Statistical Analysis

The densitometric data of the UBE2Q2 protein expression in the cancerous tissues and their normal counterparts were analysed using the paired t test (SPSS 13 statistical package software). The data were considered significant at P<0.001.

Results

Expression of UBE2Q2 mRNA and Protein in Colorectal Cell Lines

Colorectal cell lines HT29/219, LS180, SW742, Caco2, HTC116, SW48, SW480, and SW1116 were shown by real-time PCR to have expressed UBE2Q2 mRNA (figure 1A). The levels of UBE2Q2 mRNA relative to those of RPLP0 were determined in these cell lines by using q real-time PCR. As is shown in Figure 1B, cell lines SW742 and Caco2 expressed the least (0.0255 [+ or -] 0.00) and highest (0.1224 [+ or -] 0.00) levels of UBE2Q2 mRNA, respectively. The expression of UBE2Q2 at the protein level was also assessed by western blot analysis using an anti-UBE2Q2 rabbit antisera generated previously in our laboratory. (20) As is shown in figure 2, cell lines SW742 and Caco2, respectively, showed the least and the highest levels of UBE2Q2 immunoreactivity.

Expression of UBE2Q2 Protein in Colorectal Tissues

Tissues from the cancerous part of 43 colorectal tumors along with their normal counterparts were subjected to western blot analysis for the UBE2Q2 protein. The individual characteristics of the colorectal cancers are summarized in table 1. Increased levels of UBE2Q2 immunoreactivity were observed in the cancerous tissues related to 28 (65.11%) of the specimens when compared with their corresponding normal tissues (figure 3). No significant changes were observed in the cancerous cells of 10 (23.26%) of the specimens as compared with their corresponding normal tissues (figure 3). Five (11.63%) of the samples showed lower expression levels of UBE2Q2 in their affected cells. UBE2Q2 bands in western blots from 43 cancerous and their corresponding normal tissues revealed intensities of respectively 4957 [+ or -] 591 and 3305 [+ or -] 451 (mean [+ or -] SEM) arbitrary units. These differences were statistically significant at P<0.001 (paired t test).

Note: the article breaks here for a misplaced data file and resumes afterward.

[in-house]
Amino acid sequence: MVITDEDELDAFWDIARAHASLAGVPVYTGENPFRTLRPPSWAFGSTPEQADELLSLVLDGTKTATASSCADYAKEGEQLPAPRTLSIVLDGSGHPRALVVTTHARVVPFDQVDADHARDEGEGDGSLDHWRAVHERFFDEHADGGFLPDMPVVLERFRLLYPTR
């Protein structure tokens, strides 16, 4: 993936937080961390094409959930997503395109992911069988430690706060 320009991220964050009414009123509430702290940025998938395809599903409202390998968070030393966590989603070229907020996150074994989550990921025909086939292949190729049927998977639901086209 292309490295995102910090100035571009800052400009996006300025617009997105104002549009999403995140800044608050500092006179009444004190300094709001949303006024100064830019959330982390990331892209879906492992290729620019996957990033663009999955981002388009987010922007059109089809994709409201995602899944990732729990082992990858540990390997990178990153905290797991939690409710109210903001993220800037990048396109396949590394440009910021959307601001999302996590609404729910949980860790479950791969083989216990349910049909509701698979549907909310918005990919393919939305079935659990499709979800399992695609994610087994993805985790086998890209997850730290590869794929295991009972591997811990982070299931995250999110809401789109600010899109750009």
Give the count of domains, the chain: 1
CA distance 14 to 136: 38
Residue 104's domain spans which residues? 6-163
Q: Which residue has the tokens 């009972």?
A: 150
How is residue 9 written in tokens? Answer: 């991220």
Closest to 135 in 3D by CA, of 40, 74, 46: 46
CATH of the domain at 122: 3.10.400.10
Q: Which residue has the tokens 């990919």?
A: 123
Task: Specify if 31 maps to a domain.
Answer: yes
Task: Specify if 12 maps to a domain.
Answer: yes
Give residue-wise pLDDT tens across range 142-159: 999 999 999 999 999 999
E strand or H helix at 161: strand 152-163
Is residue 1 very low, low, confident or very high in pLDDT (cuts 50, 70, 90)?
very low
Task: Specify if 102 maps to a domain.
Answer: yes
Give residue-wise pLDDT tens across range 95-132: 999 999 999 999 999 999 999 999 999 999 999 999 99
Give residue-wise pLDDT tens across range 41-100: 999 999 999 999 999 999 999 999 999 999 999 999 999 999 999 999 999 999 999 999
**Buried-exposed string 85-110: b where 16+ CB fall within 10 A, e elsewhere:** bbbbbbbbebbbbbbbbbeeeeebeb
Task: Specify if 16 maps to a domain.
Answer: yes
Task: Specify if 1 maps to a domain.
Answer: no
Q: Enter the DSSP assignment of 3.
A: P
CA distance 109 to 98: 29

Discussion

Carcinogenesis in CRC is a multistep event that includes a progressive accumulation of genetic alterations in multiple genes whose protein products are regulated by the UPS. (3,4) Here, we report the expression pattern of a novel E2-conjugating enzyme, UBE2Q2, in colorectal carcinoma cell lines and colorectal primary tumors. Our results showed that all the colorectal carcinoma cell lines tested express UBE2Q2 protein and also its transcript. Under our experimental conditions, the line Caco2 showed the highest levels of both UBE2Q2 mRNA and protein, whereas SW742, LS180, and SW1116 showed relatively lower levels of expression. This difference may be due to the variation in the characteristics of these cell lines. There are properties in each cell line which are used to classify CRC cell lines such as morphological markers, gland formation, and modal chromosome number. (22,23) Thus, SW1116, which expresses low levels of UBE2Q2, falls into Group III of the classification made by Drewinko et al., (22) while a high UBE2Q2-expressing cell, like SW48, corresponds to Group I of the same classification. The high and low UBE2Q2-expressing cells also differ in other features such as amounts of production of growth factors and carcinoembrionic antigen (CEA). (24) The production of CEA and some growth factors such as TGF-[alpha], TGF-[beta], and platelet-derived growth factor (PDGF)-like material is significantly higher in SW742 cell line. (24,25) However, further investigation needs to be conducted to find out whether UBE2Q2 expression can be considered a predictor of any of the factors that were used to group the cell lines.